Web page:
Lausanne, Switzerland — Considering photovoltaics as a building material in its own right allows it to be used directly during the construction or renovation of a building. These integrated facades and roofs turn buildings into electricity generators and reduce CO2 emissions. To develop and promote this technology — Building Integrated Photovoltaics (BIPV) — the actors of the European Be-Smart project ( will have to propose multifunctional elements, ensuring the roles of building materials — insulators, noise and aesthetics — and energy generators. They will also work to set up a working methodology for architects and construction companies, as well as drastically lower costs.

Be-Smart brings together 15 actors, research institutes, innovative companies, architects and construction companies around EPFL and the CSEM in Neuchâtel to respond to these challenges.

“The use of photovoltaics on the front and in the building is growing rapidly, thanks in particular to the technological pioneering role of these two Swiss partners,” explains Laure-Emmanuelle Perret-Aebi, project coordinator at the Photovoltaics and Thin Film Laboratory (PV-Lab) from EPFL. “But we must democratize access to this technology to find its place beyond major flagship projects.”

An acceleration of the BIPV would open up opportunities for European industry, creating a strong demand for facades, tiles and other photovoltaic building elements. “The technology is different from the one used for solar panels, designed for mass production and the industry has moved to China,” said the researcher. “The industrial potential of the BIPV is in Europe.”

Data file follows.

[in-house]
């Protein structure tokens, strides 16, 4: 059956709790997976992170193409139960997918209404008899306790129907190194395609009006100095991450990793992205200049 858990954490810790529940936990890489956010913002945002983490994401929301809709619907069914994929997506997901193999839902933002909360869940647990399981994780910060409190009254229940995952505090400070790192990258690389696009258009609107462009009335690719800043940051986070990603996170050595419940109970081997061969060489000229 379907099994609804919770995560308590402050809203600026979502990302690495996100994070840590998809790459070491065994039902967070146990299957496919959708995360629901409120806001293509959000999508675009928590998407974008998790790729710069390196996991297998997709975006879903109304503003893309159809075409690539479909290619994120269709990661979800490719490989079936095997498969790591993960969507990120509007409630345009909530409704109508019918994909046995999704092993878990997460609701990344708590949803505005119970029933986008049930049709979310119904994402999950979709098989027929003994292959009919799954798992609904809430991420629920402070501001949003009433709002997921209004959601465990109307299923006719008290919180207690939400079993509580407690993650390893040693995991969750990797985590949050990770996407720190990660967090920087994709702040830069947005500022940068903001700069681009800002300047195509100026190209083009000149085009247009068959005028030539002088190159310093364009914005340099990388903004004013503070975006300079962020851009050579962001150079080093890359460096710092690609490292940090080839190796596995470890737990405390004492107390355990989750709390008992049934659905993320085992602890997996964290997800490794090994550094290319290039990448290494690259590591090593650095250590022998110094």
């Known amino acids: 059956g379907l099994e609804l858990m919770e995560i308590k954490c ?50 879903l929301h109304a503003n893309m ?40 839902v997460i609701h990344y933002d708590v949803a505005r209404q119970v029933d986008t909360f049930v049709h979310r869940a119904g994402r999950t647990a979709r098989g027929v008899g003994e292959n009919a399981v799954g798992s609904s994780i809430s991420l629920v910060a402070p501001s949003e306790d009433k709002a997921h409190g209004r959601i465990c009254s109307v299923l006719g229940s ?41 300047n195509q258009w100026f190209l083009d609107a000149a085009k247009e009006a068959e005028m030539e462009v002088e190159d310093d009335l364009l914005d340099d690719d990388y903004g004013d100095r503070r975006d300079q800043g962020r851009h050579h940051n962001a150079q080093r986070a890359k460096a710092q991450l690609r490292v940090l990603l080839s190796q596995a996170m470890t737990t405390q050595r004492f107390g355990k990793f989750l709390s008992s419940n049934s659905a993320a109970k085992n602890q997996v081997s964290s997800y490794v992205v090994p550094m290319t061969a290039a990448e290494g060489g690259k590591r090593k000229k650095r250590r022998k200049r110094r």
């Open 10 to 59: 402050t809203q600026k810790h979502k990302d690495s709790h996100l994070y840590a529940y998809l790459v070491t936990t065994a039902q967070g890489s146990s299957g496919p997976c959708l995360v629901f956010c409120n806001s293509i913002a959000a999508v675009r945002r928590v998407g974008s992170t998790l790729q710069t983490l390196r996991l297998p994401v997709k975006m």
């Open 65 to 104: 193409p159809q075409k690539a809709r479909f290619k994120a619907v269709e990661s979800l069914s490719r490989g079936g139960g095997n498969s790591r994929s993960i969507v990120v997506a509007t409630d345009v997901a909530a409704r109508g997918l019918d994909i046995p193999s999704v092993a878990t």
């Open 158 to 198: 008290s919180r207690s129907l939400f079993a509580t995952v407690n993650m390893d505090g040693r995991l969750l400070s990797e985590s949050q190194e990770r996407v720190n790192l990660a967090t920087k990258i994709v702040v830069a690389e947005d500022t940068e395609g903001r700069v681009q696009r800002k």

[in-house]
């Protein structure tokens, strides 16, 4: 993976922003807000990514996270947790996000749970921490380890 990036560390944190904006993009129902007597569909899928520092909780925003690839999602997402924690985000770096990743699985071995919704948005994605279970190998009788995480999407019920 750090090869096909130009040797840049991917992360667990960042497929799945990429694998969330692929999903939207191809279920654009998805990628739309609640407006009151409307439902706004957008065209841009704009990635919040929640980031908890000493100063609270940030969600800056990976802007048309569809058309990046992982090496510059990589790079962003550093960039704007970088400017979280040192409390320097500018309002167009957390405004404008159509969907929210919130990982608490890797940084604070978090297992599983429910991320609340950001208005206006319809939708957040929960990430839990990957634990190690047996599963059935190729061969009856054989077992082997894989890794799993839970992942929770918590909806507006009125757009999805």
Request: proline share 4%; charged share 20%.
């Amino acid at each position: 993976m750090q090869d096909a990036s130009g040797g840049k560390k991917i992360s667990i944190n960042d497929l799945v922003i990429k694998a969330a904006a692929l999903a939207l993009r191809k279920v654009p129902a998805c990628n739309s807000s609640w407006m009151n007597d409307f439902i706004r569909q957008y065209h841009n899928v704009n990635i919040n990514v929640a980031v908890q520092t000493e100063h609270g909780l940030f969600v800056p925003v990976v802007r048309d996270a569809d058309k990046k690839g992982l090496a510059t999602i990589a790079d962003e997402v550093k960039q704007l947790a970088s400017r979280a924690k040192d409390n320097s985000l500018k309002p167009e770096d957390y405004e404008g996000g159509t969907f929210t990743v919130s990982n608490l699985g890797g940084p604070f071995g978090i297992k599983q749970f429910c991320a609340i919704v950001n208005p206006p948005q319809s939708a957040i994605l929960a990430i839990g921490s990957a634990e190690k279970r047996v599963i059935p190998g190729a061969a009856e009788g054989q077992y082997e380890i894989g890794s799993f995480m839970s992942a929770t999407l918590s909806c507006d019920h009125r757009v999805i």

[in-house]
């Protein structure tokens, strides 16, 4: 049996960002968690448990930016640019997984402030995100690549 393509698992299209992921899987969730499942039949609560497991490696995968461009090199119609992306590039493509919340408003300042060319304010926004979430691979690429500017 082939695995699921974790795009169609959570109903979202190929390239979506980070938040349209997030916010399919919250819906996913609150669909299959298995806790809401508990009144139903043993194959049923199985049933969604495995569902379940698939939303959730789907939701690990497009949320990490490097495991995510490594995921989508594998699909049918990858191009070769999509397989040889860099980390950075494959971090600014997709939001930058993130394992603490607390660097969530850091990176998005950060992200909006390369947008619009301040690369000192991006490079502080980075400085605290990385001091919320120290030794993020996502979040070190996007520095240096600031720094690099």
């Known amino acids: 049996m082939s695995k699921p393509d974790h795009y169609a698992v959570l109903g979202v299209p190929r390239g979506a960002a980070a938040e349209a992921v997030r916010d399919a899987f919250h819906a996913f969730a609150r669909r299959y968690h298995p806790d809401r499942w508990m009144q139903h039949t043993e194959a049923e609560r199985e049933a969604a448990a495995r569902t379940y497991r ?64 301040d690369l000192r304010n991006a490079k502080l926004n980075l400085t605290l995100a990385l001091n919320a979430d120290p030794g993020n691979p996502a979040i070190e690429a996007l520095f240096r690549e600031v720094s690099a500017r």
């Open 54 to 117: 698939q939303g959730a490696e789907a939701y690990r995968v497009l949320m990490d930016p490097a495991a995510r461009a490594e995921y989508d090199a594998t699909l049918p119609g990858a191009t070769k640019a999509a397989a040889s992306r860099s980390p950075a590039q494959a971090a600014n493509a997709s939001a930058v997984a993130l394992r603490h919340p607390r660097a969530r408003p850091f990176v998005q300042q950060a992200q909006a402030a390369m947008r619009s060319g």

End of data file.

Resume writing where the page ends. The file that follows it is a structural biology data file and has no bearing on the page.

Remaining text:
The energy role is obviously the other advantage of the technology, given the performance of the field of solar energy. “Solar energy emits 10 to 20 times less CO2 than traditional thermal power stations,” says Christophe Ballif, Professor at the EPFL Faculty of Science and Engineering, head of PV-Lab. EPFL and Director of the PV Center at CSEM. “In large solar parks, it is also the cheapest electricity to produce, even in countries with little sun like Germany.”

Initiate a change of mentalities

Concretely, it is already possible to build or renovate a building by directly integrating photovoltaic elements. In Switzerland, more than 10,000 roofs have already been built in this way, with modules of various sizes, and, more recently, with colors. However, this approach is still poorly adopted and is reluctant. As for the cost, if the integration of photovoltaic elements would cost more during construction, this additional cost would be amortized after a period of 10 to 30 years. This, without taking into account the potential subsidies, the possibilities to resell the electricity produced, as well as the CO2 emissions avoided.

The photovoltaic technology used in the project is based on crystalline silicon, which is found on most solar panels. The reliability aspects are central and are part of the project’s objectives, since a photovoltaic panel that becomes a building element must be able to guarantee a service life of 30 to 50 years. Today, the solar energy return time — that is to say the time required for a photovoltaic installation to restore the energy spent during its production — is of the order of one to three years. According to the project’s stakeholders, the massive adoption of this technology for façades and roofs could make it possible to produce a quantity of electricity almost equivalent to that currently consumed in Switzerland.